But no sooner she thinks, “Hmmm, maybe I won’t be falling asleep to Wolf Blitzer tonight,” then it happens — you crack a joke only the boys would high-five you for and your date doesn’t know where to look for reassurance.
Pretty soon, you’re talking about having “a sexytime” with her, and your table is drawing the kind of looks normally associated with drunken frat boys on pub night. Dinner has turned into Evening at the Improv with your Uncle Ralph.
Guys, Listen up.
All those Borat impressions, Russell Peters one-liners, and SNL skit reenactments — fuhgeddaboutit.
“What girls mean by ‘sense of humor’ isn’t necessarily what guys’ first instinct is,” says Pete Johansson, a Vancouver comic.
Of all desirable qualities women mention in their profiles, sense of humor is one of the most common. But the phrase could mean anything, from knock-knock jokes to withering sarcasm to a T-shirt that’s supposed to look like a tux.
“Most guys think ‘joke-y’ when they hear that,” says Johansson, a touring comedian who regularly performs standup at clubs such as Punchlines and Yuk Yuk’s.
What women mean, he suggests, is a guy confident enough to make fun of the most potentially pompous subject of all: himself.
“The thing girls hate the most are guys who are self-centered and obnoxious,” he says. “And a sense of humor is another way of saying you’re not self-centered and obnoxious. You can’t have a sense of humor and be that way, because ultimately you have to laugh at yourself.”
Jen Grant, another comic, agrees. “There’s a big difference between laughing with someone and laughing at someone,” she says. Besides performing on stages and in TV shows, Grant has reeled off her riffs on free-range chickens and other subjects to soldiers in Israel and Egypt, and is taping her own TV special this fall. She is also the first female to make it into the finals of the Boston Comedy Competition.
“I’ve been on dates where I couldn’t believe the person was for real,” she says, recalling one such episode, when she found herself on a date at a karaoke bar. “He started singing loud Guns N’ Roses songs in my face. I wanted to burst out laughing. That was hilarious but he didn’t know he was being hilarious.”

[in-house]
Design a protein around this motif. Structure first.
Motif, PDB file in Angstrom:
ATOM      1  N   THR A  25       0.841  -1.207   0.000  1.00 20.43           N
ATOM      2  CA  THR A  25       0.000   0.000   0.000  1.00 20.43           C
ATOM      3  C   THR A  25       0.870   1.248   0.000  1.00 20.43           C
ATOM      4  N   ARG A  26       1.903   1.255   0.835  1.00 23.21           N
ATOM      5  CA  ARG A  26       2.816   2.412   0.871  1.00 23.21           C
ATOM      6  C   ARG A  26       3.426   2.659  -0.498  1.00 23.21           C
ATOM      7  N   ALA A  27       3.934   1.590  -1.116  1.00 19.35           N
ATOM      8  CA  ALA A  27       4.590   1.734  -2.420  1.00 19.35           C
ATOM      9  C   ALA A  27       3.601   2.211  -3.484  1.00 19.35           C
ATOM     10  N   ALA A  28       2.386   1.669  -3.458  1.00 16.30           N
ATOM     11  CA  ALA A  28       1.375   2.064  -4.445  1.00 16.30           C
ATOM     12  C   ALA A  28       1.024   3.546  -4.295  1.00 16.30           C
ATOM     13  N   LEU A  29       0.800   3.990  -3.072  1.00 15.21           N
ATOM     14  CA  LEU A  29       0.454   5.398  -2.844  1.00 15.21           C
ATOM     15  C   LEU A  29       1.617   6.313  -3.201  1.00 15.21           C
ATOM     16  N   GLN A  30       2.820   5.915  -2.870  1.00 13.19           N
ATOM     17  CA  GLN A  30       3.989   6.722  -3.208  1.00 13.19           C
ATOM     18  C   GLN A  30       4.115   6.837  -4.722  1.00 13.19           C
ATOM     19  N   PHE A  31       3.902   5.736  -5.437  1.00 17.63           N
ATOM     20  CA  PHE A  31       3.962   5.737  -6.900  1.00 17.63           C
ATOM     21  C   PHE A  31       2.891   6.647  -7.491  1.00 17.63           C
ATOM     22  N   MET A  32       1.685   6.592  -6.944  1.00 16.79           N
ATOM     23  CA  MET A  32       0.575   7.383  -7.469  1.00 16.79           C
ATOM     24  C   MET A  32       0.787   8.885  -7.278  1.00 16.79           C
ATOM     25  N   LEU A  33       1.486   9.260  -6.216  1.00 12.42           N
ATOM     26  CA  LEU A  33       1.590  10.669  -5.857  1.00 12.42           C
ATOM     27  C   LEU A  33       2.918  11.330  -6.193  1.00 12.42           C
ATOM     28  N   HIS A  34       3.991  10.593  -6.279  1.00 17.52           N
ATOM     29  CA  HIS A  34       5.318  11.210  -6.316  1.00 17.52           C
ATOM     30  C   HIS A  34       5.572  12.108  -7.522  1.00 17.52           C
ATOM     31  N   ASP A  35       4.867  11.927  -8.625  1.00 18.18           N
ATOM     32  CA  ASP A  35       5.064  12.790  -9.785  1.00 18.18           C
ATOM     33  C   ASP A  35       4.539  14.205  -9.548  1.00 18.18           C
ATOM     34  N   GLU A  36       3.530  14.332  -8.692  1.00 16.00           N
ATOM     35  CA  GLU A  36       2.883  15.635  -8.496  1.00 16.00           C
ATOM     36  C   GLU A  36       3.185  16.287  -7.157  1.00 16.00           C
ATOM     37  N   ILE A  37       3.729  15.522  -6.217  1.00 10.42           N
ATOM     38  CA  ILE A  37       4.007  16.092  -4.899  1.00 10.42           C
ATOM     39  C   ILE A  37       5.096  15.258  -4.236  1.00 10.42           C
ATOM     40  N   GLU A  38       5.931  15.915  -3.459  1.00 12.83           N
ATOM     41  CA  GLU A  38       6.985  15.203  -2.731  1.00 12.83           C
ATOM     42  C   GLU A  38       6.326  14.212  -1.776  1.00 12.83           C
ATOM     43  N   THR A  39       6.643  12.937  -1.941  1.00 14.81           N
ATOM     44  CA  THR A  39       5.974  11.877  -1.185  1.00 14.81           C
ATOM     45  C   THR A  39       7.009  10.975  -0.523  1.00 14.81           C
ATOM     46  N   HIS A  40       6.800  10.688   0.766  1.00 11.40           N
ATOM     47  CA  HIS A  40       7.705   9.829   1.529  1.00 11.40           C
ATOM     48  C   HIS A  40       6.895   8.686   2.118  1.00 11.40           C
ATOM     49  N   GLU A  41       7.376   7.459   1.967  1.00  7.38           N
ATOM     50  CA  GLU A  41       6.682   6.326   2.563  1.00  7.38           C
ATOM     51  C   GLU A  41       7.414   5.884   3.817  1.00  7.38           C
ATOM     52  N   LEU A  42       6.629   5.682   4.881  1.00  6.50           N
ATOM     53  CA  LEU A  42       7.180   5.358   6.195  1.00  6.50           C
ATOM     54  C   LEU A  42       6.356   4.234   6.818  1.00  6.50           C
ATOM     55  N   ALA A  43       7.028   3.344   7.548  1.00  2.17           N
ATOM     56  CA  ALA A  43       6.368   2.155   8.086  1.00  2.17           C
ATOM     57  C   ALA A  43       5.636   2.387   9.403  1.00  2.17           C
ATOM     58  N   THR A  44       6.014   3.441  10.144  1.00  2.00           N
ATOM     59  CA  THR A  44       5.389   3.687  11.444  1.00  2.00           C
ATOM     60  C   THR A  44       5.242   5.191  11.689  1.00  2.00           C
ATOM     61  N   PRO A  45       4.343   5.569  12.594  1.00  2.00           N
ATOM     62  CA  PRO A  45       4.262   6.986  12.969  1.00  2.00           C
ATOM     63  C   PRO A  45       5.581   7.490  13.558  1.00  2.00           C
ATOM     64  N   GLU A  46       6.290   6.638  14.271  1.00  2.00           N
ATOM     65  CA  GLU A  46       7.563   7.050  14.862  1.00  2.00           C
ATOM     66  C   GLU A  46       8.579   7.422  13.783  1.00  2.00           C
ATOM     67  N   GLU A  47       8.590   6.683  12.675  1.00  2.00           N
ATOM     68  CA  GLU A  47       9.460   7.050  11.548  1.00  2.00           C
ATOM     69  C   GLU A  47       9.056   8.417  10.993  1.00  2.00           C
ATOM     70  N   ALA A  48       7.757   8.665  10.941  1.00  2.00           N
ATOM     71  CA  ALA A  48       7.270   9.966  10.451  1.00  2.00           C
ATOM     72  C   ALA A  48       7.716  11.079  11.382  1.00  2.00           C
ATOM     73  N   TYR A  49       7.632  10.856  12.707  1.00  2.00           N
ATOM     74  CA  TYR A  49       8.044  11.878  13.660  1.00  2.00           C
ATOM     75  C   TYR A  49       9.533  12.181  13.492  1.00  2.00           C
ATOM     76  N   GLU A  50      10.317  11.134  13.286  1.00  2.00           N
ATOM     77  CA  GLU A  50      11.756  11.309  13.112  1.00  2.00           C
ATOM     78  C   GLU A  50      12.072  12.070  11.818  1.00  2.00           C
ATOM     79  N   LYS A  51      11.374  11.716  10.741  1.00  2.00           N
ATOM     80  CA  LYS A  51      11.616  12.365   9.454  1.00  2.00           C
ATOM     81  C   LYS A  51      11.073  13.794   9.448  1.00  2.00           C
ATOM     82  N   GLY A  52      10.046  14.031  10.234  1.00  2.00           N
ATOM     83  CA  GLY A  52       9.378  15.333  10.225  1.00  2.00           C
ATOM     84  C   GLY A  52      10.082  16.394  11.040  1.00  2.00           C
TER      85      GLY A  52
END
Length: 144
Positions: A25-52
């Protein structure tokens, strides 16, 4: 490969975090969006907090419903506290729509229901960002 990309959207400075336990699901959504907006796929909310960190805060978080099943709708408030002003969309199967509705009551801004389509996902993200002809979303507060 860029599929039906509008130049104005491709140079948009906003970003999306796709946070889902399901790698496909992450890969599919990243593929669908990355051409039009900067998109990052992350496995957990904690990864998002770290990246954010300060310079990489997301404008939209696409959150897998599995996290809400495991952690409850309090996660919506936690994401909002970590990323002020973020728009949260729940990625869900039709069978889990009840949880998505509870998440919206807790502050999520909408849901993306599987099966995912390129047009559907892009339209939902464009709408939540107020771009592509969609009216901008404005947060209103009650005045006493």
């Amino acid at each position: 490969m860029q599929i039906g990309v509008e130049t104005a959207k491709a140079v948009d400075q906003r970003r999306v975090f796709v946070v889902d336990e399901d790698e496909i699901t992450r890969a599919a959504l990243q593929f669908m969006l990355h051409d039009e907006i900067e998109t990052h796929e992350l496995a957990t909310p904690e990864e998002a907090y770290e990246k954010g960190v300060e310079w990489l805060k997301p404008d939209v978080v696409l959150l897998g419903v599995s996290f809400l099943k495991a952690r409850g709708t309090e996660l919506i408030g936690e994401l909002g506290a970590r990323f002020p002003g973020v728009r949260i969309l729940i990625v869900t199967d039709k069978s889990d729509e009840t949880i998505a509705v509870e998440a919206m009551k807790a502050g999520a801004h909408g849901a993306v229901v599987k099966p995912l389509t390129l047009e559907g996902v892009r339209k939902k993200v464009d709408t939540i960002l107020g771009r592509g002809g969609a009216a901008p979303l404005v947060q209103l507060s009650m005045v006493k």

All this bad date comedy in restaurants — whose fault is it anyway? After all, it’s women who are always advertising for a guy who is “witty,” “has a great sense of humor” or is “wickedly funny.” All guys really want is someone to laugh at their jokes. So can a dude really be blamed for boning up on Steven Wright one-liners before dinner?
Yes, says Grant. A sense of humor should be “an indication of good social skills, confidence, and intelligence,” not the ability to repeat lines from Seinfeld. Use that knock-knock joke at your own peril.
So What’s a Guy to Do?
Johansson has a few tips. For instance, comedians make great dates because they listen. “Most good comedy is listening,” he says. “You listen to the audience to make sure your next step is appropriate. And you do the same thing on a date. A lot of comics can listen to a girl talk and play off that,” he notes.
His other recommendation: don’t try too hard.
“You should never be trying to be funny,” he says. “You should be trying to be comfortable. Everyone, when they’re relaxed and are being themselves, knows the comfort zone of where you can jest. A little bit of honesty is the best kind of funny. If you’re trying to crack wise or lay down a joke, you’re coming across like the boss on The Office. It’s when you’re being disingenuous and trying to be something you’re not that the jokes come off as shrill and scare people.”
Of course, it’s a two-way street. But the funny thing is men don’t seem to put as high a premium on a sense of humor, at least according to a random sampling of online dating profiles.
“It takes a man with healthy self-esteem to be with a woman who’s funny,” says Grant. “A woman who’s funny is confident, assertive and intelligent. I like how I say that, being a comic myself. Did I mention modest and humble?”
She recalls what happened after a love interest caught her act. “I got a great response from the audience, and afterward he admitted he was really intimidated. He was already dating me though. ‘He was like, ‘Wow, you were really good, and I felt so small.’ I didn’t like that that created tension. Even that to me was a bit of an indication of how men feel. But he was confident even enough to admit that.”
Johansson disagrees. “I found the girl I’m going to marry, and the thing that absolutely was the linchpin for me was her sense of humor. Knowing we laugh at all the same things is the single most important thing.
“I’ve dated girls who didn’t have my sense of humor,” he continues, “and it’s hell. You’re walking on eggshells all the time, thinking, ‘This is funny but I’d better not say it.’ When you have someone with the same sense of humor there’s nothing freer. I think it’s very important to guys. That, and a nice ass.”
Marilyn Kane, an aspiring comic, says she’s been on dates where the guy just didn’t get it.
“I’ll start complaining, and he starts problem-solving,” she says. “And I’m like, ‘Dude, this is my comedy routine. I’m not asking for your help.’”
But perhaps the most important ingredient with humor, as with love, is the timing.
“I’ve dated a couple of comics,” says Grant, “and I’ve noticed guy comics, when it should be a romantic or nice moment, will see an option for a joke that’s hugely inappropriate. But they will always take that before my interests. And it’s hard when it’s a funny joke because I respect that. I’m like, ‘Good fuckin’ joke. But I hate you right now.’”